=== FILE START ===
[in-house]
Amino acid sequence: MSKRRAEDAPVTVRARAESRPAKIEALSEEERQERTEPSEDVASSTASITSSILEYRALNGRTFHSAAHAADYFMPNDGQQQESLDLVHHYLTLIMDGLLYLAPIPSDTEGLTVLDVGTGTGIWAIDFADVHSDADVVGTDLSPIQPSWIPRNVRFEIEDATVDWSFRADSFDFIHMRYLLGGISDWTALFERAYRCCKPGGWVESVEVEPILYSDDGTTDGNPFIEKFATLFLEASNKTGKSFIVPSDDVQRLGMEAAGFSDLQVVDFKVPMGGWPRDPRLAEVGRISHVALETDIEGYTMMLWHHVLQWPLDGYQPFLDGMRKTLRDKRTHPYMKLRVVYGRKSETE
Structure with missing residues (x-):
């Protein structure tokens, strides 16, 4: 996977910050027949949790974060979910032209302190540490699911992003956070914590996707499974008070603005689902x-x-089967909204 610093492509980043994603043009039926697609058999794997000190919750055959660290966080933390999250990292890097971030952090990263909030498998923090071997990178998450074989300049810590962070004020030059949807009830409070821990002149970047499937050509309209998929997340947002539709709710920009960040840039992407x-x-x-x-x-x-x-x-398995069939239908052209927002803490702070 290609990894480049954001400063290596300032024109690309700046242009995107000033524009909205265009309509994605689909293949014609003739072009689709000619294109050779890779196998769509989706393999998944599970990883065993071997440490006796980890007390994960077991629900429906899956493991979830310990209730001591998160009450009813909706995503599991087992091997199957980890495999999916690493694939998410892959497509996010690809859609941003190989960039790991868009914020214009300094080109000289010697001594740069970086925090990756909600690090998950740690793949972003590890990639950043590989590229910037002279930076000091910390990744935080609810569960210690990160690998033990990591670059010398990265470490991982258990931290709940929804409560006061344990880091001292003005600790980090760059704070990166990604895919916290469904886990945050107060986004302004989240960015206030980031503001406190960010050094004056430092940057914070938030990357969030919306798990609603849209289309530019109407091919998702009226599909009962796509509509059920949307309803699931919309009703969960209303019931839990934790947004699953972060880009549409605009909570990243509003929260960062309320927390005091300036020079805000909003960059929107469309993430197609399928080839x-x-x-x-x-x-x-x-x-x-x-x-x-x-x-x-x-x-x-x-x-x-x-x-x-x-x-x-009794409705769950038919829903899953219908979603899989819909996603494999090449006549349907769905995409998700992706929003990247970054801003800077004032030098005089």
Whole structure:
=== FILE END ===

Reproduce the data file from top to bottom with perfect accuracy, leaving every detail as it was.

[in-house]
Amino acid sequence: MSKRRAEDAPVTVRARAESRPAKIEALSEEERQERTEPSEDVASSTASITSSILEYRALNGRTFHSAAHAADYFMPNDGQQQESLDLVHHYLTLIMDGLLYLAPIPSDTEGLTVLDVGTGTGIWAIDFADVHSDADVVGTDLSPIQPSWIPRNVRFEIEDATVDWSFRADSFDFIHMRYLLGGISDWTALFERAYRCCKPGGWVESVEVEPILYSDDGTTDGNPFIEKFATLFLEASNKTGKSFIVPSDDVQRLGMEAAGFSDLQVVDFKVPMGGWPRDPRLAEVGRISHVALETDIEGYTMMLWHHVLQWPLDGYQPFLDGMRKTLRDKRTHPYMKLRVVYGRKSETE
Structure with missing residues (x-):
């Protein structure tokens, strides 16, 4: 996977910050027949949790974060979910032209302190540490699911992003956070914590996707499974008070603005689902x-x-089967909204 610093492509980043994603043009039926697609058999794997000190919750055959660290966080933390999250990292890097971030952090990263909030498998923090071997990178998450074989300049810590962070004020030059949807009830409070821990002149970047499937050509309209998929997340947002539709709710920009960040840039992407x-x-x-x-x-x-x-x-398995069939239908052209927002803490702070 290609990894480049954001400063290596300032024109690309700046242009995107000033524009909205265009309509994605689909293949014609003739072009689709000619294109050779890779196998769509989706393999998944599970990883065993071997440490006796980890007390994960077991629900429906899956493991979830310990209730001591998160009450009813909706995503599991087992091997199957980890495999999916690493694939998410892959497509996010690809859609941003190989960039790991868009914020214009300094080109000289010697001594740069970086925090990756909600690090998950740690793949972003590890990639950043590989590229910037002279930076000091910390990744935080609810569960210690990160690998033990990591670059010398990265470490991982258990931290709940929804409560006061344990880091001292003005600790980090760059704070990166990604895919916290469904886990945050107060986004302004989240960015206030980031503001406190960010050094004056430092940057914070938030990357969030919306798990609603849209289309530019109407091919998702009226599909009962796509509509059920949307309803699931919309009703969960209303019931839990934790947004699953972060880009549409605009909570990243509003929260960062309320927390005091300036020079805000909003960059929107469309993430197609399928080839x-x-x-x-x-x-x-x-x-x-x-x-x-x-x-x-x-x-x-x-x-x-x-x-x-x-x-x-009794409705769950038919829903899953219908979603899989819909996603494999090449006549349907769905995409998700992706929003990247970054801003800077004032030098005089």
Whole structure: